U.S. stocks fell for the week, after the Standard & Poor’s 500 Index reached a two-month high, as jobs data heightened concern about a slowing economy and Europe’s efforts to tame its debt crisis disappointed investors.
Industrial and financial stocks lost the most in the S&P 500 in the holiday-shortened week, sinking more than 1.2 percent, as eight out of 10 industries in the benchmark index retreated. JPMorgan Chase & Co., Bank of America Corp. and General Electric Co. led declines in the Dow Jones Industrial Average. Netflix Inc. surged 20 percent after an analyst said the company’s online audience exceeds cable and TV networks.
The S&P 500 lost 0.6 percent to 1,354.68 for the week, trimming its gain for the year to 7.7 percent. The Dow dropped 107.62 points, or 0.8 percent, to 12,772.47. Global stocks surged the previous week, with the S&P 500 rallying 2 percent, amid optimism that an agreement by European leaders would help contain the region’s debt crisis.
“The jobs report is the single most important economic statistic and unfortunately it’s not showing signs of health, which is weighing down on stocks,” said Lawrence Creatura, who helps oversee $363.6 billion as a Rochester, New York-based fund manager at Federated Investors Inc. “Europe has become a multi-year yo-yo of increasing expectations and subsequent disappointment.”
The S&P 500 erased a 0.4 percent advance for the week in the final session after American employers hired fewer workers than forecast in June, showing the labor market is making scant progress toward reducing joblessness. The unemployment rate held at 8.2 percent.
Investors entered the July 4 holiday with the S&P 500 at a two-month high as speculation grew that policy makers would act to spur economic growth. That advance came to a halt on July 5 after the European Central Bank reduced its benchmark rate to a record low, while President Mario Draghi said the cut may have only a limited effect on the euro-area economy. China also lowered rates in a bid to expand investments and consumption.
“Although the stimulus junkies liked the news from the ECB and China, the public comments of Mario Draghi clearly carried the most weight,” Mike Shea, a managing partner at New York-based brokerage firm Direct Access Partners LLC, said in an interview. “We start out the U.S. earnings season on a decidedly lousy note with the jobs report missing already low expectations, and anybody who was thinking we have set the bar low enough on earnings may run back and reassess their numbers.”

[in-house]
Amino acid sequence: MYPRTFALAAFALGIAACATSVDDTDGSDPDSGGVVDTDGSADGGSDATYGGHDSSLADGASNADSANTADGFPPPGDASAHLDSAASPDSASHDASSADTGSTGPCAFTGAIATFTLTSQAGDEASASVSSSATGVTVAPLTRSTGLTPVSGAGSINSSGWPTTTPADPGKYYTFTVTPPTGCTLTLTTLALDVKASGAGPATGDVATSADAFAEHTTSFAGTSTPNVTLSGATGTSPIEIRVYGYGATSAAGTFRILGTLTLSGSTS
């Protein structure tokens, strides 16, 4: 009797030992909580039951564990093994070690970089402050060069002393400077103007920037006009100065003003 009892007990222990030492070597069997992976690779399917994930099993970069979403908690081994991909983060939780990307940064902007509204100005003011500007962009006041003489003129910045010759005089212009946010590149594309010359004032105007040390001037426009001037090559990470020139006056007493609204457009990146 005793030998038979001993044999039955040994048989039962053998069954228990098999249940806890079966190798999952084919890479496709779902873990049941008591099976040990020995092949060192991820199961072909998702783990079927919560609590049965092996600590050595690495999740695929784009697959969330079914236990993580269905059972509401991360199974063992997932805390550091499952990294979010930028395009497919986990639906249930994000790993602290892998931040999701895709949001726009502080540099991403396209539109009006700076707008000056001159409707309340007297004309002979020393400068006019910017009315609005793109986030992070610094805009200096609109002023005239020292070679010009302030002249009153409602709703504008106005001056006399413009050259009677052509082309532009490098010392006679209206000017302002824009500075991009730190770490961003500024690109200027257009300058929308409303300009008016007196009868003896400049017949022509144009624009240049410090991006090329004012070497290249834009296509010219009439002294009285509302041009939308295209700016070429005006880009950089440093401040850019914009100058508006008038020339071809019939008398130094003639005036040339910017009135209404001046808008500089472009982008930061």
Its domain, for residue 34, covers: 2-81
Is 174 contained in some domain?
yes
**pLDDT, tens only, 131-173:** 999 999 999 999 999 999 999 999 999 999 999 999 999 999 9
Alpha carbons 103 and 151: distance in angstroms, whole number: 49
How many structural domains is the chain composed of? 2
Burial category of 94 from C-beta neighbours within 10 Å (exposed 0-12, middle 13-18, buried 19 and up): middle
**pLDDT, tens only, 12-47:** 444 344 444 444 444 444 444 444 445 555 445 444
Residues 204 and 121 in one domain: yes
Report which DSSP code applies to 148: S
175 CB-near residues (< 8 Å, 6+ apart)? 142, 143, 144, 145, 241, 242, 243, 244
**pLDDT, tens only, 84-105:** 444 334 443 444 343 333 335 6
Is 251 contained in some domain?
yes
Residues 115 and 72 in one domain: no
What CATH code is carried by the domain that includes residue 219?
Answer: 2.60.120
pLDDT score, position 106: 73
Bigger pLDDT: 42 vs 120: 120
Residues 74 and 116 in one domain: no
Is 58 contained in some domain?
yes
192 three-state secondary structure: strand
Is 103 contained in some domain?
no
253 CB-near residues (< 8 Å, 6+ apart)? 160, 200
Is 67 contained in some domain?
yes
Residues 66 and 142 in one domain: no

Alcoa Inc. is the first Dow company scheduled to report quarterly results on July 9, and analysts forecast the largest U.S. aluminum maker will post an 82 percent drop in per-share profit. Analysts project a 1.8 percent decline in profits for S&P 500 companies in the April-June period, which would mark the first year-over-year decrease since 2009.
Concern about a global economic slowdown put the S&P 500 last month on the brink of a so-called correction, or a 10 percent decline from a recent peak. The index slumped 3.3 percent in the second quarter, the biggest retreat since the period ending in September.
The Morgan Stanley Cyclical Index of companies most-tied to economic growth slumped 0.5 percent for the week. DuPont Co., the most valuable U.S. chemical company, sank 3.3 percent to $48.90, while GE retreated 4 percent to $20. Industrial companies in the S&P 500 fell 1.4 percent for the biggest drop among 10 industries.
Financial stocks fell the second-most, losing 1.2 percent as a group. JPMorgan slumped 5.1 percent, the second-biggest decline in the Dow, to $33.90. The lender was ordered by a federal judge to explain why it shouldn’t be compelled to turn over e-mails sought by U.S. regulators in a probe of potential energy-market manipulation. Bank of America slid 6.4 percent to $7.66 for the biggest retreat in the 116-year-old stock gauge.
A group of six health insurers in the S&P 500 fell 4.2 percent as a group, with WellPoint Inc. sinking 6.1 percent to $59.91. The second-largest U.S. health-plan provider has erased about 14 percent in the six days since the Supreme Court’s decision to uphold President Barack Obama’s health-care reform. Minnetonka, Minnesota-based UnitedHealth Group Inc., the biggest health insurer, declined 4.6 percent to $55.82 for the week.
Consumer staples companies had the biggest gain as a group, climbing 0.5 percent. Limited Brands Inc. and Ross Stores Inc. led a rally in retailers after reporting June sales that topped estimates. Limited Brands, the parent company of Victoria’s Secret, jumped 7.7 percent to $45.82 and discounter Ross added 7.4 percent to $67.12. Wal-Mart Stores Inc., the world’s largest retailer, rose 2.4 percent to $71.36 for the biggest gain in the Dow.
Netflix advanced the most in the S&P 500, rising 20 percent to $81.89. The largest video-subscription service’s estimated 24 million domestic subscribers probably watched an average of 40 hours of programming online last month, analyst Rich Greenfield of BTIG Research wrote in a July 3 report. He based his estimate on a posting by Chief Executive Officer Reed Hastings.
General Motors Co. jumped 3 percent to $20.31. The automaker said sales climbed 16 percent in June, beating the 7.6 percent increase that was the average estimate of 11 analysts surveyed by Bloomberg.